Barossa a standout in burgeoning food and wine tourism sector
The Barossa is setting the Australian benchmark for food and wine tourism, according to a new report by the Sustainable Tourism Cooperative Research Centre.
Tourism Minister Jane Lomax-Smith notes that the report highlights the heightened interest in food and wine tourism and outlines the potential for further growth. “The report also identifies an increasing demand among consumers for food and wine tourism experiences,” she said. “The Food and Wine Tourism in Australia report shows the Barossa is the best place in the country for visitors to experience the attractions they expect in a food and wine tourism destination, including a rural setting, strong heritage values, established events and a diverse range of activities.”
“The findings of the report confirm what South Australians have always known – the Barossa is far more than just a world-class wine region,” Ms Lomax-Smith claimed. “Its food culture is unique, and its calendar of events attracts thousands of visitors each year to enjoy the region’s famous hospitality and flair for festivities. In the year to March 2008, the Barossa attracted 197,000 domestic visitors who spent 575,000 nights in the region – up 9% on a year ago. There were also 892,000 domestic day trips to the Barossa in the year to March 2008 – up 10% on the year to March 2007.”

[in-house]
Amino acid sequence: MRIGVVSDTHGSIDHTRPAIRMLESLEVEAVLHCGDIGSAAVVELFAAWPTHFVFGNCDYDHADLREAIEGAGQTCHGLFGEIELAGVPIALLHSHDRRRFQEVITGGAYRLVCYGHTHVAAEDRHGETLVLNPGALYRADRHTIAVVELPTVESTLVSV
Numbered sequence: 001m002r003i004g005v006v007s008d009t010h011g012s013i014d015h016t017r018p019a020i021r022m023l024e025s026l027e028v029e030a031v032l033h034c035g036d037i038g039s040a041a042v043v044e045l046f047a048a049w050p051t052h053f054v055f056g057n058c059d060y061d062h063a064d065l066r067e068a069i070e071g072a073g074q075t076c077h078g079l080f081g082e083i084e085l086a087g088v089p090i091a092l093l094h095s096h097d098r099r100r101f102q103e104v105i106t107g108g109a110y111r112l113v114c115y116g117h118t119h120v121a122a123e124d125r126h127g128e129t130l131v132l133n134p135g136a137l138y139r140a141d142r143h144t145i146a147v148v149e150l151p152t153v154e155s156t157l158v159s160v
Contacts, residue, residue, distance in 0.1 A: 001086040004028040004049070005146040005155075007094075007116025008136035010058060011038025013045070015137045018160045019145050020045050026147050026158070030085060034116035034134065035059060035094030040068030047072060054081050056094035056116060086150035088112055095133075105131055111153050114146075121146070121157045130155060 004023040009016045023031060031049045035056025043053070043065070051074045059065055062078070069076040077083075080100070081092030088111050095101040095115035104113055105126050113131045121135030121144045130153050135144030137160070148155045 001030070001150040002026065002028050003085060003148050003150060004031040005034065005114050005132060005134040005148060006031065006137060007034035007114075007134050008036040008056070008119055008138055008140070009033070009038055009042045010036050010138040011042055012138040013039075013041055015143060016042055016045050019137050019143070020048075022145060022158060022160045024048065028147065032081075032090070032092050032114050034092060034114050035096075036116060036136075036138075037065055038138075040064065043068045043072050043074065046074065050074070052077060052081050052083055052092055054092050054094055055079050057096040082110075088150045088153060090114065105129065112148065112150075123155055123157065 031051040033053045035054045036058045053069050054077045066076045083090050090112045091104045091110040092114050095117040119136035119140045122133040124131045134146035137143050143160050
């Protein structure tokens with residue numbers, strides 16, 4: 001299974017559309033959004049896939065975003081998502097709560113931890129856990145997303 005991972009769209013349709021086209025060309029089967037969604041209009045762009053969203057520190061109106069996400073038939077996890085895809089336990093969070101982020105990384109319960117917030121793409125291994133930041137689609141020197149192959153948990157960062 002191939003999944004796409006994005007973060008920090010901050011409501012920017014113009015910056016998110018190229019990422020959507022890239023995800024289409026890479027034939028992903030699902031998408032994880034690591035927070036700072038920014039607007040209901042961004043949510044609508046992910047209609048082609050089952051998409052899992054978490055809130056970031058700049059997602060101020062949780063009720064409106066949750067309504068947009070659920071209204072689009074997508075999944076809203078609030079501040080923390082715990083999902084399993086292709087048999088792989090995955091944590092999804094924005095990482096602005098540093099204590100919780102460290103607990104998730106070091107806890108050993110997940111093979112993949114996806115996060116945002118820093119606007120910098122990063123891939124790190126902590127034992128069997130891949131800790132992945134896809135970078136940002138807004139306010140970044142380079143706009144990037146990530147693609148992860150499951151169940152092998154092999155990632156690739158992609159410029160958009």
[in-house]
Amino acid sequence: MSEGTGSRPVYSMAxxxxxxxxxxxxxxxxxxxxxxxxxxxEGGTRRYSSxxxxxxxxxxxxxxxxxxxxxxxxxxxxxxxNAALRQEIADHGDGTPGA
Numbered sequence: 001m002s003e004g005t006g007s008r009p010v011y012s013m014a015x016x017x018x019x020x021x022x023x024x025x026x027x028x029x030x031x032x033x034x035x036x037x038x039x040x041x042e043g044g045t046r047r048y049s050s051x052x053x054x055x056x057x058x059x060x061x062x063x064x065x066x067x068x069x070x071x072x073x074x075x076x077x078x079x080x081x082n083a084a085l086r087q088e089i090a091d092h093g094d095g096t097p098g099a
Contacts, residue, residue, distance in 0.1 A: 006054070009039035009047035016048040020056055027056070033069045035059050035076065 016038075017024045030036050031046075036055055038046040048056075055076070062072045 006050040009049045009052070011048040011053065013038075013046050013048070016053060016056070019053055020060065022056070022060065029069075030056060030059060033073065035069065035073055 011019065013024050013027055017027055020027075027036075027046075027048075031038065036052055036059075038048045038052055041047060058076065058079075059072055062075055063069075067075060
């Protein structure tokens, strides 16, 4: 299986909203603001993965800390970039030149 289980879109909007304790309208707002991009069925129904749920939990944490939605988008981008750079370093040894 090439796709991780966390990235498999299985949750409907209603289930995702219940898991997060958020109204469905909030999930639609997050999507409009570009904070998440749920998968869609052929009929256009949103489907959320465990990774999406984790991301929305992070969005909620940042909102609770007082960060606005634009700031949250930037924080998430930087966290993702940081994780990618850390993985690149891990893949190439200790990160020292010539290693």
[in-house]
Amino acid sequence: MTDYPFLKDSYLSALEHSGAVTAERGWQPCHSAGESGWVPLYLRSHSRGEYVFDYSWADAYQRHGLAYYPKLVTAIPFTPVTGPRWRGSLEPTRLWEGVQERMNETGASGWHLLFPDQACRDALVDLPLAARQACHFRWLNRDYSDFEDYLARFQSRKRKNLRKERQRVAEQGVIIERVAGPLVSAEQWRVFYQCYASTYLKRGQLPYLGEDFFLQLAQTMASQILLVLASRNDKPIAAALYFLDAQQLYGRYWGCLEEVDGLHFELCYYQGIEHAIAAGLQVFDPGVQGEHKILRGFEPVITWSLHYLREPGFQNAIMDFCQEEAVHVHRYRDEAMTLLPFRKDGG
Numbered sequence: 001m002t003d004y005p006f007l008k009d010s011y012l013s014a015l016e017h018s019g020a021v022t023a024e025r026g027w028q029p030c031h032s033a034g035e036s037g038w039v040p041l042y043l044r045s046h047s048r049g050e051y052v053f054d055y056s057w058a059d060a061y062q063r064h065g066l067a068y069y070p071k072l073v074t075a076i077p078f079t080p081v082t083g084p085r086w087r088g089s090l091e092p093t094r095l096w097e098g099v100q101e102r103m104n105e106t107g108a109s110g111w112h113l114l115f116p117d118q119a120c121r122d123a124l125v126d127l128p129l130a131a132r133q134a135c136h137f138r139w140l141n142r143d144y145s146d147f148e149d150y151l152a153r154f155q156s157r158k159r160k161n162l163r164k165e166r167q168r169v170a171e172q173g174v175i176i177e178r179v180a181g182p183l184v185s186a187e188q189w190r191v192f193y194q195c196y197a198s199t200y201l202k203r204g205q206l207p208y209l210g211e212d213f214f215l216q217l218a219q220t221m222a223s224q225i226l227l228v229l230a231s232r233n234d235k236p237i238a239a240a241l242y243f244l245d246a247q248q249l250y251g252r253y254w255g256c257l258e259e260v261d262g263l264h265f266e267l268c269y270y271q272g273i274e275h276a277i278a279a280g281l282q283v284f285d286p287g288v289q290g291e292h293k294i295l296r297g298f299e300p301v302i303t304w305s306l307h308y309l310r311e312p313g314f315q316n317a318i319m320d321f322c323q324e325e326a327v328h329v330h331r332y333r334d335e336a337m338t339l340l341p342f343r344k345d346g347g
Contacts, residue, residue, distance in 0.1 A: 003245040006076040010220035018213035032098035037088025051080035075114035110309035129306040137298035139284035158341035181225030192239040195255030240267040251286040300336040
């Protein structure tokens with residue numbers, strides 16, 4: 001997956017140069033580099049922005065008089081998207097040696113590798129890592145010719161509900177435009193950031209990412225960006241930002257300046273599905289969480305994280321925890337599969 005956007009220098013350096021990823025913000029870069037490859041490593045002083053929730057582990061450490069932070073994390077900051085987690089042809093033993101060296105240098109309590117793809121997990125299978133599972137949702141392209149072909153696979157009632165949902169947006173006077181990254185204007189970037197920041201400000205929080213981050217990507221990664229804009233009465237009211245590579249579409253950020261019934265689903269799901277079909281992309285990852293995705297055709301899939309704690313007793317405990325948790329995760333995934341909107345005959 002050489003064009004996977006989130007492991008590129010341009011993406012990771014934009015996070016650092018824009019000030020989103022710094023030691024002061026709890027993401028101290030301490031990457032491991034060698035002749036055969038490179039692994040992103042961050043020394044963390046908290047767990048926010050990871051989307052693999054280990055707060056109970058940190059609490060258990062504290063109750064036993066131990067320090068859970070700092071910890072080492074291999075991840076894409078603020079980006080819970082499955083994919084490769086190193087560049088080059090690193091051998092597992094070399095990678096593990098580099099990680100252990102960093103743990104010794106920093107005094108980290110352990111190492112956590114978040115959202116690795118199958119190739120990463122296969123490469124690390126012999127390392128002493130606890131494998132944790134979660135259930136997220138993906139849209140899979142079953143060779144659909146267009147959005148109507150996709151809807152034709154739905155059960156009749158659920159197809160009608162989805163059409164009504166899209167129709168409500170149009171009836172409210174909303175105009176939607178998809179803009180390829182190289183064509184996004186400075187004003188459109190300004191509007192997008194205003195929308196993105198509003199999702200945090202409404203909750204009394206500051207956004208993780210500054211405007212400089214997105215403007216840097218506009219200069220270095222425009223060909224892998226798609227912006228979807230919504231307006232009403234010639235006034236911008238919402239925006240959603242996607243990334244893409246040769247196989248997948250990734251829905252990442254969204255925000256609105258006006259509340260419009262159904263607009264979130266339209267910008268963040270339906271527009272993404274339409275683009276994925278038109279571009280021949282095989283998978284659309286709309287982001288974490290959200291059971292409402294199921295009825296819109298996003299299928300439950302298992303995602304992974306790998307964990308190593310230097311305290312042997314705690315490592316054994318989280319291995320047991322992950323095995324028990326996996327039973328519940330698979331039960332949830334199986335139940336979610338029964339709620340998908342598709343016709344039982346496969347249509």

“The past financial year has been an impressive period for Tourism Barossa, and has included the development and launch of the Butcher Baker Winemaker Trail and Rewards Card,” Ms Lomax-Smith added.
The findings highlight Australians love affair with quality local produce and the growth of areas like the Barossa, Margaret River, Hunter Valley and Yarra Valley are symbols of the remarkable success that can be achieved through understanding how to deliver a quality travel experience with fresh food and high quality wine as the basis of the operation.